In a little time the other birds had learned to use their wings, and they flew away and away, and found their own food and made their own beds, and their parents never saw them any more!

Then the old birds sat silent, and looked at each other a long while.

At last the wife-bird said: “Why don't you sing ?". And he answered: “I can't sing—I can only think and think!" " What are you thinking of ?” “I am thinking how everything changes,—the leaves

are falling down from off this tree, and soon there will be no roof over our heads; the flowers are all gone, or going; last night there was a frost; almost all the birds are flown away, and I am very uneasy. Something calls me, and I feel restless as if I would fly far away." : “Let us fly away together!”

Then they rose silently, and, lifting themselves far up in the air, they looked to the north,-far away they saw the snow coming. They looked to the south,—there they saw green leaves! All day they flew, and all night they flew and flew, till they found a land where there was no winter-where there was summer all the time; where flowers always blossom, and birds always sing.

But the birds that stayed behind found the days shorter, the nights longer, and the weather colder. Many of them died of cold; others crept into crevices and holes, and lay torpid. Then it was plain that it was better to go than to stay!-HENRY WARD BEECHER.

BUGLE SONG.

M HE splendor falls on castle walls,

1 And snowy suinmits old in story;
The long light shakes across the lakes,

And the wild cataract leaps in glory.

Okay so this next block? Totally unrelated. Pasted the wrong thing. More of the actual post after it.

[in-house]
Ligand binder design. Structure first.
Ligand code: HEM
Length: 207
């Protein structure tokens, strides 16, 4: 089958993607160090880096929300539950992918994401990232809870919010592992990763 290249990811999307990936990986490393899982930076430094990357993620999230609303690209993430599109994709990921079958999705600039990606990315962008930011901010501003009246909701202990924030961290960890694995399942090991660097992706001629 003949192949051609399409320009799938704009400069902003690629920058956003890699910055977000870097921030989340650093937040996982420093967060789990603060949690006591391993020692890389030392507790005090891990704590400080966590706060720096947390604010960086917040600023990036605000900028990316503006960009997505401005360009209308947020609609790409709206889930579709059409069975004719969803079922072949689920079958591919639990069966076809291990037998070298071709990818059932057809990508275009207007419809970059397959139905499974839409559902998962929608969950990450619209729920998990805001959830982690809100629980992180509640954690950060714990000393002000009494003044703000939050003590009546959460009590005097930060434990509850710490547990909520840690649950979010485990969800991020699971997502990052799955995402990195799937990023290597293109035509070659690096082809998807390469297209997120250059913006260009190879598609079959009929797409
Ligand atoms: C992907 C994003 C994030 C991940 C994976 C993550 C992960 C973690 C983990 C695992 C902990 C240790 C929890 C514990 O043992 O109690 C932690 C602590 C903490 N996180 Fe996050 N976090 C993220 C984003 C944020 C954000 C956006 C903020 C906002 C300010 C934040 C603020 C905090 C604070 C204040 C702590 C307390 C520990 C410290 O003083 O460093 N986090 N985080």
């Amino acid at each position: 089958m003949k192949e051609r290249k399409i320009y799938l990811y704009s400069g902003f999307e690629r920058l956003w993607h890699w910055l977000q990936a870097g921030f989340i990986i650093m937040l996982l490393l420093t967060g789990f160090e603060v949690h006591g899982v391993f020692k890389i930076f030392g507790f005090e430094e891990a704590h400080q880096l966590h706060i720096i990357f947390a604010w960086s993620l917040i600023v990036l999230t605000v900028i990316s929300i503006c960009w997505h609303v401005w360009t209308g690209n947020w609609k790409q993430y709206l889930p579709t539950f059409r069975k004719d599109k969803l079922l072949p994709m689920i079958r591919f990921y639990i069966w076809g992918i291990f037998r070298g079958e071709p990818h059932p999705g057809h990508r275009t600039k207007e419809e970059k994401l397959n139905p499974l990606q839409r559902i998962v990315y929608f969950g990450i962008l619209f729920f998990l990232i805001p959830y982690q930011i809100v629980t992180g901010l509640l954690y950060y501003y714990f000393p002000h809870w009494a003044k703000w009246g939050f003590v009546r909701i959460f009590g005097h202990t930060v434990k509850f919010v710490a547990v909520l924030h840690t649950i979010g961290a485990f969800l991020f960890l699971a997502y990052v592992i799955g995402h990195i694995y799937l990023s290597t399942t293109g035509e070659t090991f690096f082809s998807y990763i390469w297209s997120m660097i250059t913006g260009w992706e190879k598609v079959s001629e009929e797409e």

Blow, bugle, blow; set the wild echoes Aying,
Blow, bugle; answer, echoes, dying, dying, dying.

Oh, hark! Oh, hear! how thin and clear,

And thinner, clearer, farther going;
Ob sweet and far, from cliff and scar,

The horns of Elf-land faintly blowing!
Blow; let us hear the purple glens replying;
Blow, bugle; answer, echoes, dying, dying, dying.

Oh love, they die in yon rich sky,

They faint on field, on hill, on river;
Our echoes roll from soul to soul,

And grow forever and forever.
Blow, bugle, blow; set the wild echoes flying,
And answer, echoes, answer, dying, dying, dying.

TENNYSON.

THE RAINY DAY.

M HE day is cold, and dark, and dreary;

1 It rains, and the wind is never weary; The vine still clings to the moldering wall, But at every gust the dead leaves fall,

And the day is dark and dreary. My life is cold, and dark, and dreary; It rains, and the wind is never weary; My thoughts still cling to the moldering past, But the hopes of youth fall thick in the blast,

And the days are dark and dreary.

Be still, sad heart! and cease repining;
Behind the clouds is the sun still shining;
Thy fate is the common fate of all,
Into each life some rain must fall,
Some days must be dark and dreary.

LONGFELLOW.

THE CHARCOAL MAN.

MHOUGH rudely blows the wintry blast,

1 And sifting snows fall white and fast, Mark Haley drives along the street, Perched high upon his wagon seats